Editor’s note: I’m at the Olympic Club in San Francisco all week for the 112th U.S. Open Championship.
The Olympic Club-Lake Course
Architects: Willie Watson, Sam Whiting
Opened in: 1924
Previous U.S. Opens: 1955, 1966, 1987, 1998
ON THE SUNDAY BEFORE THE 1955 U.S. Open, the San Francisco Chronicle ran an aerial photograph of the Olympic Club with a headline that read, “And here’s the course—a terror, start to finish.” With tall, thick rough, tight fairways and 30,000 trees capable of creating darkness on a sunny day, the 1955 version of the Lake Course was, indeed, a terror. First-round scores averaged near 80 and only 14 men cracked an aggregate score of 300, a whopping 20-over par.
In two days, the U.S. Open tees off at the Olympic Club for the fifth time. The 2012 incarnation of the Lake Course is not a terror. It probably won’t strike fear in the hearts of the world’s best players. But they may be fooled, for this Lake Course could be described with another “t” word—trickster.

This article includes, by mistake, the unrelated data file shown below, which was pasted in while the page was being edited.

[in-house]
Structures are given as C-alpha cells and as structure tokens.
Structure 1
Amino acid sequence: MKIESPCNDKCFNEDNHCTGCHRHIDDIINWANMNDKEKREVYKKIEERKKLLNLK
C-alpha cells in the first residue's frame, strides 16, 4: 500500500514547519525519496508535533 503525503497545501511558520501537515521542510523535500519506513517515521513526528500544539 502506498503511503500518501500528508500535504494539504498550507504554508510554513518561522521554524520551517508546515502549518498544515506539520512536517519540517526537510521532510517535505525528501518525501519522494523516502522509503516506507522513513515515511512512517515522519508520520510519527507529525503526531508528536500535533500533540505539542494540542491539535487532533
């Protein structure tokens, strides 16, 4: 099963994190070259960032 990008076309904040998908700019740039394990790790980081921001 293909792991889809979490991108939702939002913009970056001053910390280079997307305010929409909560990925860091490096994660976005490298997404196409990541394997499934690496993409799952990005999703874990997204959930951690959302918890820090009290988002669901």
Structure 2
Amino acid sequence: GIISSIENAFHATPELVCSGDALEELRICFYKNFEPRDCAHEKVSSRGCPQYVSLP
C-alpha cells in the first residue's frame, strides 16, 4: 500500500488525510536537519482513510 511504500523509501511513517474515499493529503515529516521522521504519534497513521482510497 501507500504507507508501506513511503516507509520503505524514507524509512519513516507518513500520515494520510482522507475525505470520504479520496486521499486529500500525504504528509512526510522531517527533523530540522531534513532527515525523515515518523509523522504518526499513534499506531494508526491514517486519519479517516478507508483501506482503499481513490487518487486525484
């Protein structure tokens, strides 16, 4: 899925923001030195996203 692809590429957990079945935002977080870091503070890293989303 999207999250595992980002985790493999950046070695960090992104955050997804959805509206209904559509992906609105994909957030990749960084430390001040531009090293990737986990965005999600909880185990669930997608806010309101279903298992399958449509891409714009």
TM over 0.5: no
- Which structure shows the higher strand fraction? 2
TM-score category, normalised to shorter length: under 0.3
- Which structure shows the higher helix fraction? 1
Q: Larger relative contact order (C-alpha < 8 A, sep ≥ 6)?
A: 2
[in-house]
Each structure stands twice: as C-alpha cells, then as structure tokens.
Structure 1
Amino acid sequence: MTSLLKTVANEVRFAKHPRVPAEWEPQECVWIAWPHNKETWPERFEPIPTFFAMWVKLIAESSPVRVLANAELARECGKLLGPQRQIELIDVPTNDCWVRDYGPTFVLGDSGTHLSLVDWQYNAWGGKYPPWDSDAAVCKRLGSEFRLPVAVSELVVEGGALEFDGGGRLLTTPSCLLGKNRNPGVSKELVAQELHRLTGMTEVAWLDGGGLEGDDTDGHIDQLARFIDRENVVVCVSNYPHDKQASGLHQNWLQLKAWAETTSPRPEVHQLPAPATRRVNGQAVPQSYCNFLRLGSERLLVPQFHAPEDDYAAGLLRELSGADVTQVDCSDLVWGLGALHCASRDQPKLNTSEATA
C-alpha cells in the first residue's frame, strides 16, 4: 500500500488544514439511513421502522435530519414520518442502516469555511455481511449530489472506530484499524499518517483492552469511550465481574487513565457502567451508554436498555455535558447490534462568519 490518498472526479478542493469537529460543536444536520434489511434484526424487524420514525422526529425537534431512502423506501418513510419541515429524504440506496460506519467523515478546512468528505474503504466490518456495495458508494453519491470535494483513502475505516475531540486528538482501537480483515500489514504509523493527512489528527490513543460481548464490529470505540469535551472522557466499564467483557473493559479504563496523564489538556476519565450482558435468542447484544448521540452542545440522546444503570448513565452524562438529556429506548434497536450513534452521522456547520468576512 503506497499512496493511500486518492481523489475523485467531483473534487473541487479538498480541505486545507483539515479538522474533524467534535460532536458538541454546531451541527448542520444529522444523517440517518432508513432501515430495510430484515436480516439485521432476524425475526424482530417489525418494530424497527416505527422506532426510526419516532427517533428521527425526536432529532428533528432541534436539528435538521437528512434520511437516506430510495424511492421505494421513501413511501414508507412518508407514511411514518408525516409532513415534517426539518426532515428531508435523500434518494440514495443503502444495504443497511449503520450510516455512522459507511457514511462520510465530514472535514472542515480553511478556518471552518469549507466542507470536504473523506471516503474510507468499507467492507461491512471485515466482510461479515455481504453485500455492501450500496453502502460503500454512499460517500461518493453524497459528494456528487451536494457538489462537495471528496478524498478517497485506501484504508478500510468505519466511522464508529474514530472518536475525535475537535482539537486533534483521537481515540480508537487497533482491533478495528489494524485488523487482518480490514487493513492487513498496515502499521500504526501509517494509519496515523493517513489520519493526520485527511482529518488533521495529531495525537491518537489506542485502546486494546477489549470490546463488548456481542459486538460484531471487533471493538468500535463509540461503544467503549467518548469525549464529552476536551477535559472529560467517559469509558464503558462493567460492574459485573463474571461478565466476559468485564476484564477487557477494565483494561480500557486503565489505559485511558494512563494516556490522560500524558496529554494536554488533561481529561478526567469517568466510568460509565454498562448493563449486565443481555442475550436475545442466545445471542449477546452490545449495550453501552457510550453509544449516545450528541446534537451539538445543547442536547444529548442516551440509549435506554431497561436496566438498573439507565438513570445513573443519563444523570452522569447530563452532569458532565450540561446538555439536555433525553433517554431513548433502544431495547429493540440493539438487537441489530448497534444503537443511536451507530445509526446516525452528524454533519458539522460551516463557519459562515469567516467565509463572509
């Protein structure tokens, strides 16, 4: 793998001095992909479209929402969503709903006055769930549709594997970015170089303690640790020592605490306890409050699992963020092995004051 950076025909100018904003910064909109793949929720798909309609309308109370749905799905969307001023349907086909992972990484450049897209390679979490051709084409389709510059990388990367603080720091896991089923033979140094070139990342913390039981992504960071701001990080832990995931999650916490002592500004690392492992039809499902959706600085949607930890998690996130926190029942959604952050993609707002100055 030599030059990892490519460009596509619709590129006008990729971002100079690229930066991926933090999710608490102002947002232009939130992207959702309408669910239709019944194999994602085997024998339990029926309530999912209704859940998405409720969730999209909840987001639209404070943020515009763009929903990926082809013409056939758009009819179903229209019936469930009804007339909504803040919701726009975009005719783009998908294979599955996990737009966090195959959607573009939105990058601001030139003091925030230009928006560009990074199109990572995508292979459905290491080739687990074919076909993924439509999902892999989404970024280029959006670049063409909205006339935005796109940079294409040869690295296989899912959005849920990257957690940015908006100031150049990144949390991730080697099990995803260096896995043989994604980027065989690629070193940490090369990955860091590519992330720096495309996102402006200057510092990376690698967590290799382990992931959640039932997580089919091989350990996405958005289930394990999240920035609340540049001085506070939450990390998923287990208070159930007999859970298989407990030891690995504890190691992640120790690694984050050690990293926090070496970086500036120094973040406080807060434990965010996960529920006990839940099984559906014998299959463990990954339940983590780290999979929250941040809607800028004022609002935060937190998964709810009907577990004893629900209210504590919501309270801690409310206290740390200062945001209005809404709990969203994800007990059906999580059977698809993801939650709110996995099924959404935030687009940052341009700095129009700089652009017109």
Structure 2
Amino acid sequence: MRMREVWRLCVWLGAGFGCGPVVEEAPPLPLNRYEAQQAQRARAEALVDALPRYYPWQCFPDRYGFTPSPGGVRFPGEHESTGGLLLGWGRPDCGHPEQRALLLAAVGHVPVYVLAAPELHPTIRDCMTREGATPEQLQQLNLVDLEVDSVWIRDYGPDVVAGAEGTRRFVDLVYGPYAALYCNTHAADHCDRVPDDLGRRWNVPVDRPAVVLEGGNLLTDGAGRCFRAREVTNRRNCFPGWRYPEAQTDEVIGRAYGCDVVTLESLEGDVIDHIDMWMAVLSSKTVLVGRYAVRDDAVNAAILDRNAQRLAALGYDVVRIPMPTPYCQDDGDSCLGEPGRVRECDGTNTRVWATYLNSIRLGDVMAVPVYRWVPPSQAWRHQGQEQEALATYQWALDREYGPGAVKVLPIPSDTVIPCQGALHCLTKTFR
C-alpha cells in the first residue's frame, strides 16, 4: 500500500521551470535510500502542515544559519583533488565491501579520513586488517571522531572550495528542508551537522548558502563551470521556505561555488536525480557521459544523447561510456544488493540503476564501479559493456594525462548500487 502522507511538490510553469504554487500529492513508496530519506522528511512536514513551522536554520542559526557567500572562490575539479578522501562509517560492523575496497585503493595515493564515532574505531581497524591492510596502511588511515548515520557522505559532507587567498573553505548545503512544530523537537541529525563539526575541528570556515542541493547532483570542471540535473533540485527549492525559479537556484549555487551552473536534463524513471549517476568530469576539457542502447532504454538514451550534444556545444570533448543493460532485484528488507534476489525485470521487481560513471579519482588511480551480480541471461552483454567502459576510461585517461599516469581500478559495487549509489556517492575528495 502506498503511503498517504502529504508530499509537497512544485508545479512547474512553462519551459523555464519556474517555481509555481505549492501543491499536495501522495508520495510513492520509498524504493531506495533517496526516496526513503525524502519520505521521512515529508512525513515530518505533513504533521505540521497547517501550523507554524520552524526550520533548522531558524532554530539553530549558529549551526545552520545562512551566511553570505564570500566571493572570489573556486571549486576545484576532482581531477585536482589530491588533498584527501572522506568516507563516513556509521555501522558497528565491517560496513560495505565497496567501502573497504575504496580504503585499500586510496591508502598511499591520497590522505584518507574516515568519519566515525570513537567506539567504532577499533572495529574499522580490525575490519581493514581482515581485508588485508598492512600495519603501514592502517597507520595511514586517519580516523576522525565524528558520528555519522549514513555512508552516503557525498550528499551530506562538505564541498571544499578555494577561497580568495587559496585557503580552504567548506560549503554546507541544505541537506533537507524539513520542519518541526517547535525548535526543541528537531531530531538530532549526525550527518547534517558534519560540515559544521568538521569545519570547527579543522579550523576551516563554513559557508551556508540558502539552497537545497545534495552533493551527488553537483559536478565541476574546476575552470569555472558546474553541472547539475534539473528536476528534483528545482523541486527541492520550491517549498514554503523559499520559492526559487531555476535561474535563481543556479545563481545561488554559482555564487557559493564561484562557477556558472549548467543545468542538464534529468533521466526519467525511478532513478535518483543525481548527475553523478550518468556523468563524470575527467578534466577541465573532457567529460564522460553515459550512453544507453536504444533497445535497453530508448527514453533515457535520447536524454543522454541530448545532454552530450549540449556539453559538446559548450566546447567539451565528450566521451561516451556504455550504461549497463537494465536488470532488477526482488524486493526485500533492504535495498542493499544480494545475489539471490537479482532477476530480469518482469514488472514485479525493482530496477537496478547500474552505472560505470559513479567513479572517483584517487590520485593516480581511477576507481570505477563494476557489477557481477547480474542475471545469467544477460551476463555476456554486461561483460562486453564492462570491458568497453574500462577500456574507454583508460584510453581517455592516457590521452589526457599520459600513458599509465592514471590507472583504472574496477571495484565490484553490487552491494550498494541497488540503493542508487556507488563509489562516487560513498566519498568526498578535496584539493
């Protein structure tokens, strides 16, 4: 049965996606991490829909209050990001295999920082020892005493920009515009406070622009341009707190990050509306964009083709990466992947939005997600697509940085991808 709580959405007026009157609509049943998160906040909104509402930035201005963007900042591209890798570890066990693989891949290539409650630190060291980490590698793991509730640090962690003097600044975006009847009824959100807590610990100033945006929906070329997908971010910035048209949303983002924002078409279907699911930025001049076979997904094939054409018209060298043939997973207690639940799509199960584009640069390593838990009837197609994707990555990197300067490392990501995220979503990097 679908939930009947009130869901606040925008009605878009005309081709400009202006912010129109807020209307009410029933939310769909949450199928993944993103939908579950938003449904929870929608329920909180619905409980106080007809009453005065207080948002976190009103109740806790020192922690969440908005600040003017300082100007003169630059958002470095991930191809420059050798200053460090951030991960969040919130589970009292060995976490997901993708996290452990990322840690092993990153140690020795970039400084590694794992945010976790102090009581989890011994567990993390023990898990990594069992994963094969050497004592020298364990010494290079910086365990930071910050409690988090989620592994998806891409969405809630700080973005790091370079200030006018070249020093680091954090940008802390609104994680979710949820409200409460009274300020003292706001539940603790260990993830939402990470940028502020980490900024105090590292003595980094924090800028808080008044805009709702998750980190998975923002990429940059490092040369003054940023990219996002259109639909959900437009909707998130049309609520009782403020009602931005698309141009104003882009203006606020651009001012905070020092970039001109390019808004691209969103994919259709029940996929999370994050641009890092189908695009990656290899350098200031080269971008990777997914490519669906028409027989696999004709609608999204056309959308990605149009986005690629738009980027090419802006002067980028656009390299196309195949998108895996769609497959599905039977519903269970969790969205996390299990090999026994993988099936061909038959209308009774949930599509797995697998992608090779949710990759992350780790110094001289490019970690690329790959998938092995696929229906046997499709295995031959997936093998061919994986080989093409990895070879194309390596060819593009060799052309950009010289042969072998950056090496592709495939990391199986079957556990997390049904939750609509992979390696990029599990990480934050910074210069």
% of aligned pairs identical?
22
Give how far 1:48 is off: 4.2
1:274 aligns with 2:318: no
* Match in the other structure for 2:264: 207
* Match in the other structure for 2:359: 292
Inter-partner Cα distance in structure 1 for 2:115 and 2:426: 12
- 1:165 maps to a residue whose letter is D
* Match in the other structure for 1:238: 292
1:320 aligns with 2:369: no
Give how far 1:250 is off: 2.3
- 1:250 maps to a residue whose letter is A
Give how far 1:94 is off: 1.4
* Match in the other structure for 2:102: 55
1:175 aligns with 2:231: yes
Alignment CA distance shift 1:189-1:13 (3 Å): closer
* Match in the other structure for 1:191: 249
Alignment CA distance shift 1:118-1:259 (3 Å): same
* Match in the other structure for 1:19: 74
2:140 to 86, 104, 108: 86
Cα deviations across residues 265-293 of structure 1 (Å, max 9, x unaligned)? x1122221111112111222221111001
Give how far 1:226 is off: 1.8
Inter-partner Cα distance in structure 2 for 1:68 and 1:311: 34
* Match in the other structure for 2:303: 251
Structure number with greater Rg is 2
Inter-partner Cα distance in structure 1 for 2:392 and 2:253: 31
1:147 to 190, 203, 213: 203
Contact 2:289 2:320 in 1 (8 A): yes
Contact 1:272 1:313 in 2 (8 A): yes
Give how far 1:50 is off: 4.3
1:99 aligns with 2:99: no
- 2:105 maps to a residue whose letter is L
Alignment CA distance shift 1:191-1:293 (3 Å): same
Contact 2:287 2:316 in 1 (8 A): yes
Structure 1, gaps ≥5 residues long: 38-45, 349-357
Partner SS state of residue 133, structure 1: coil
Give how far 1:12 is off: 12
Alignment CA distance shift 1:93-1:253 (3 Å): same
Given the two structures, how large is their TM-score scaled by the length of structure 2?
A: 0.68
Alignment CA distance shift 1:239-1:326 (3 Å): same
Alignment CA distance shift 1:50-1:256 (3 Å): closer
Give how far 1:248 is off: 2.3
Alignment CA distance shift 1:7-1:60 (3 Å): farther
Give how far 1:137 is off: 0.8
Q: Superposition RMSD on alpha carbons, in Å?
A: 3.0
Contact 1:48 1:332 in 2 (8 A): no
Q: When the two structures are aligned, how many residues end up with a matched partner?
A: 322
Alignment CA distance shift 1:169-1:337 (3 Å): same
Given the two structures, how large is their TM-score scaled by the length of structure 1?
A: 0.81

I walked the back nine late on Monday. In a short while, I plan to hike the front-nine holes. The rough, said to be four inches long, is not intimidating by U.S. Open standards. And at 7,170 yards, Olympic is a short Open course. So what makes it so hard?
The endless slopes and tilting fairways, for one. As noted in the USGA’s 2012 Championship Preview, it’s critical to position tee shots in the right spots, not just anywhere in the fairway, although finding any patch of the short grass is always a good thing in the pressure-filled U.S. Open.
Two, the greens are small and well protected by deep bunkers. I was here once before in 2008. But I had forgotten just how small the putting surfaces are. Whether off the tee or to the green, players will need pinpoint accuracy around this place. If they’re off the mark on approach shots, they’ll face tricky chips and pitches. And nerve-wracking, slick putts to rescue their pars.
The Olympic Club is a shotmaker’s course. There are doglegs left and right. It helps to be able to curve the golf ball both ways on this picturesque layout that borders Lake Merced. Don’t be fooled by the scorecard either. Due to the cool marine air and the possibility of ocean breezes, the Lake Course always seems to play longer than the yardage on the hole signs. Ben Hogan once called it “the longest short course in the world.”
So even though the rough doesn’t look too tough and the course is not lengthy, beware of this par-70 trickster. Pars will be good. Birdies will be hard-earned. And by Sunday (or Monday if a playoff is needed), like Jack Fleck, Billy Casper, Scott Simpson and Lee Janzen before him, the 2012 winner will have survived a difficult test.